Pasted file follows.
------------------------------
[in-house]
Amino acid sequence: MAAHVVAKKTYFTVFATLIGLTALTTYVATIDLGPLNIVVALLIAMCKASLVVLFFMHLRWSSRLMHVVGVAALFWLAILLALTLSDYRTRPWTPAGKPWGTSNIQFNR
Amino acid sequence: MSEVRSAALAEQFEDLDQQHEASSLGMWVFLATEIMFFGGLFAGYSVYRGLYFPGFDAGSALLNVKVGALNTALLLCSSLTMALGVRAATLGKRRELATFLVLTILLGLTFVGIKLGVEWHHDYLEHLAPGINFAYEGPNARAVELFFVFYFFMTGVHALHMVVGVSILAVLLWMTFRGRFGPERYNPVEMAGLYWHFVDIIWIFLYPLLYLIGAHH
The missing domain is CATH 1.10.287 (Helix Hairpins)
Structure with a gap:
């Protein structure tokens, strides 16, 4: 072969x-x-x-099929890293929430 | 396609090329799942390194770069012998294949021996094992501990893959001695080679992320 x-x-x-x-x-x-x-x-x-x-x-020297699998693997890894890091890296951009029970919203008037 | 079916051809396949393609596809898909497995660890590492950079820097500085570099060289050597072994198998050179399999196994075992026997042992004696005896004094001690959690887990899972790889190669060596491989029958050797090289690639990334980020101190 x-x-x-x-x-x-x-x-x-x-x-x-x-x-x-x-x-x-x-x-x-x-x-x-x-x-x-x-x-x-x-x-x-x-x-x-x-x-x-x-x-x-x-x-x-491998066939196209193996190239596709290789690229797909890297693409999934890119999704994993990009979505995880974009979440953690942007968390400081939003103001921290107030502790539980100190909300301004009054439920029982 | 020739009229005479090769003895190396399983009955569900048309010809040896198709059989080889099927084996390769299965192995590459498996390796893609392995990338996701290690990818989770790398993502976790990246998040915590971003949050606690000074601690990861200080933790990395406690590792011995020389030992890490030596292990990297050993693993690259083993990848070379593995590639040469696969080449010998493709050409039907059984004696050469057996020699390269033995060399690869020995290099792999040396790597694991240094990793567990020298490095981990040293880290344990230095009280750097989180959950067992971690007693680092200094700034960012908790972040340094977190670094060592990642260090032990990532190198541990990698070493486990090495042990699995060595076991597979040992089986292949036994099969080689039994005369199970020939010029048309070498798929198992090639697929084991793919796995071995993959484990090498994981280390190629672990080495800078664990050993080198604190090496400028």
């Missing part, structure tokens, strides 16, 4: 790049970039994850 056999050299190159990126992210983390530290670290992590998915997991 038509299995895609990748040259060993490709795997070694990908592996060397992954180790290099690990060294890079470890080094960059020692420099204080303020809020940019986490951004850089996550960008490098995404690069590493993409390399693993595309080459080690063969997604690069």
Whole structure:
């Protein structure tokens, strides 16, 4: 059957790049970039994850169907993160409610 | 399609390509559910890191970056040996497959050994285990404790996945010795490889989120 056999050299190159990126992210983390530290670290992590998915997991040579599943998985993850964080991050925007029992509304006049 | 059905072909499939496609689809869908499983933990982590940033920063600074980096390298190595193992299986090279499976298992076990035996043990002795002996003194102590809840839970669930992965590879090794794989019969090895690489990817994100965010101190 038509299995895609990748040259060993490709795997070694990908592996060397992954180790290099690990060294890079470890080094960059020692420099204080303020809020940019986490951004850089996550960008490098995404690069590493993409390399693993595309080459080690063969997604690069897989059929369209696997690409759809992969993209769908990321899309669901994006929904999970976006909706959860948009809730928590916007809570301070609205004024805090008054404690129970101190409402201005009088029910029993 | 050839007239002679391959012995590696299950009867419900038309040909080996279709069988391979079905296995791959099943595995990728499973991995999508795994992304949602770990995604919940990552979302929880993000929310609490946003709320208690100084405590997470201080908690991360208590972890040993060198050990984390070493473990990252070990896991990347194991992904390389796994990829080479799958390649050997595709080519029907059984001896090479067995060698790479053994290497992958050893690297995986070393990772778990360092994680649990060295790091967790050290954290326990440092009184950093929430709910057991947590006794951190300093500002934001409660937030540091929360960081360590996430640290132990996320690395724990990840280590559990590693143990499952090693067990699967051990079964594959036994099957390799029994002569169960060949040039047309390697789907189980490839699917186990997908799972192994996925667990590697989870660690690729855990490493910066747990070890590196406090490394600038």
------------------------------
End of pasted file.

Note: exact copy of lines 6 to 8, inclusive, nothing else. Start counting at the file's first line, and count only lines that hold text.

């Protein structure tokens, strides 16, 4: 072969x-x-x-099929890293929430 | 396609090329799942390194770069012998294949021996094992501990893959001695080679992320 x-x-x-x-x-x-x-x-x-x-x-020297699998693997890894890091890296951009029970919203008037 | 079916051809396949393609596809898909497995660890590492950079820097500085570099060289050597072994198998050179399999196994075992026997042992004696005896004094001690959690887990899972790889190669060596491989029958050797090289690639990334980020101190 x-x-x-x-x-x-x-x-x-x-x-x-x-x-x-x-x-x-x-x-x-x-x-x-x-x-x-x-x-x-x-x-x-x-x-x-x-x-x-x-x-x-x-x-x-491998066939196209193996190239596709290789690229797909890297693409999934890119999704994993990009979505995880974009979440953690942007968390400081939003103001921290107030502790539980100190909300301004009054439920029982 | 020739009229005479090769003895190396399983009955569900048309010809040896198709059989080889099927084996390769299965192995590459498996390796893609392995990338996701290690990818989770790398993502976790990246998040915590971003949050606690000074601690990861200080933790990395406690590792011995020389030992890490030596292990990297050993693993690259083993990848070379593995590639040469696969080449010998493709050409039907059984004696050469057996020699390269033995060399690869020995290099792999040396790597694991240094990793567990020298490095981990040293880290344990230095009280750097989180959950067992971690007693680092200094700034960012908790972040340094977190670094060592990642260090032990990532190198541990990698070493486990090495042990699995060595076991597979040992089986292949036994099969080689039994005369199970020939010029048309070498798929198992090639697929084991793919796995071995993959484990090498994981280390190629672990080495800078664990050993080198604190090496400028």
């Missing part, structure tokens, strides 16, 4: 790049970039994850 056999050299190159990126992210983390530290670290992590998915997991 038509299995895609990748040259060993490709795997070694990908592996060397992954180790290099690990060294890079470890080094960059020692420099204080303020809020940019986490951004850089996550960008490098995404690069590493993409390399693993595309080459080690063969997604690069």
Whole structure: